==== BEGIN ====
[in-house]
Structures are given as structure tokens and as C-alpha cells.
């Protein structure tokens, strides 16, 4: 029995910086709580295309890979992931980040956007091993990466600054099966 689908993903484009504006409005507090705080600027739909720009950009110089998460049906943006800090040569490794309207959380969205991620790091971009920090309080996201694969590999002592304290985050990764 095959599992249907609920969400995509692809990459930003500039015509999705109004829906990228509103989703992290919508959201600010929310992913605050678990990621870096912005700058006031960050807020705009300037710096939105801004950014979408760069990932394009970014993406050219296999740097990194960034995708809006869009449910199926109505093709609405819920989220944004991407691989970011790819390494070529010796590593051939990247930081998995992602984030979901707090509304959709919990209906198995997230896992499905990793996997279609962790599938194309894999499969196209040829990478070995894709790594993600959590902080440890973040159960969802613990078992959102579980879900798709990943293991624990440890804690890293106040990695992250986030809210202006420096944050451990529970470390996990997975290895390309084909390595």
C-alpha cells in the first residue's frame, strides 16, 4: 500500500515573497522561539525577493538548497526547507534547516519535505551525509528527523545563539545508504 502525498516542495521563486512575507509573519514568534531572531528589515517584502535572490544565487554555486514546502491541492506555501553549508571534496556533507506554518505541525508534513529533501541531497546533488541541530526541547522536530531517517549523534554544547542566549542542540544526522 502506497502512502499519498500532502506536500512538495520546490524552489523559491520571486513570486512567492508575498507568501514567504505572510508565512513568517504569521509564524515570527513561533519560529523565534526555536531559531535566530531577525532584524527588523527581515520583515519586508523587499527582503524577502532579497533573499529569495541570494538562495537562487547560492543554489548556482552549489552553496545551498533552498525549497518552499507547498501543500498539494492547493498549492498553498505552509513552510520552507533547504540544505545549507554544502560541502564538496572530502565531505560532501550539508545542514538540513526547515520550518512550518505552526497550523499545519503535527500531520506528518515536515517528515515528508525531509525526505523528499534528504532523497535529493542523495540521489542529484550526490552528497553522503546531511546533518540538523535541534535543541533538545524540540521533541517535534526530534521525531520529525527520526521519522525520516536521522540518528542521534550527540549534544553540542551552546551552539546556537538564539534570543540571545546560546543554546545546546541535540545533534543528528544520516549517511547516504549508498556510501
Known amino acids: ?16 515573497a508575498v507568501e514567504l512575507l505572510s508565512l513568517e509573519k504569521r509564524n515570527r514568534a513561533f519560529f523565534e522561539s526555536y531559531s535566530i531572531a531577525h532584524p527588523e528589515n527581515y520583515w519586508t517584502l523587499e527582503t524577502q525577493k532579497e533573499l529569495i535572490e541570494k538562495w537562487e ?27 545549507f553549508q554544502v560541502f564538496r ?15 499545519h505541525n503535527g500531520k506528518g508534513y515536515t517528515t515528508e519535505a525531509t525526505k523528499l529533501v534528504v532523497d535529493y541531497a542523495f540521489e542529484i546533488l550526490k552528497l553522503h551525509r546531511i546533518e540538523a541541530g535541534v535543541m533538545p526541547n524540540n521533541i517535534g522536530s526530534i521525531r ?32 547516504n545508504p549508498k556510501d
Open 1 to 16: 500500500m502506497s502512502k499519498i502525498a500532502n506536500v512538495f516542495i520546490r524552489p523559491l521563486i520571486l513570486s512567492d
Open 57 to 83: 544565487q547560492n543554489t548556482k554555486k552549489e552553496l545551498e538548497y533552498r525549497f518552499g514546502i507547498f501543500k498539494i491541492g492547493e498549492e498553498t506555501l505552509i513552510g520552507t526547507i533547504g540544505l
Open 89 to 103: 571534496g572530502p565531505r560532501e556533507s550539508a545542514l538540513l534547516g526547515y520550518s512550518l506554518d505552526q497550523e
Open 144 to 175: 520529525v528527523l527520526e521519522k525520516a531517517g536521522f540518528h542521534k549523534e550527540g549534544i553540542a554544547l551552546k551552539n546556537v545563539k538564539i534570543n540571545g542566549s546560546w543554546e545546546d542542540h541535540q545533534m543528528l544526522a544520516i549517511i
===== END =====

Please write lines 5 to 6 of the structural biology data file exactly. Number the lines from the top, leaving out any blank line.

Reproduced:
Known amino acids: ?16 515573497a508575498v507568501e514567504l512575507l505572510s508565512l513568517e509573519k504569521r509564524n515570527r514568534a513561533f519560529f523565534e522561539s526555536y531559531s535566530i531572531a531577525h532584524p527588523e528589515n527581515y520583515w519586508t517584502l523587499e527582503t524577502q525577493k532579497e533573499l529569495i535572490e541570494k538562495w537562487e ?27 545549507f553549508q554544502v560541502f564538496r ?15 499545519h505541525n503535527g500531520k506528518g508534513y515536515t517528515t515528508e519535505a525531509t525526505k523528499l529533501v534528504v532523497d535529493y541531497a542523495f540521489e542529484i546533488l550526490k552528497l553522503h551525509r546531511i546533518e540538523a541541530g535541534v535543541m533538545p526541547n524540540n521533541i517535534g522536530s526530534i521525531r ?32 547516504n545508504p549508498k556510501d
Open 1 to 16: 500500500m502506497s502512502k499519498i502525498a500532502n506536500v512538495f516542495i520546490r524552489p523559491l521563486i520571486l513570486s512567492d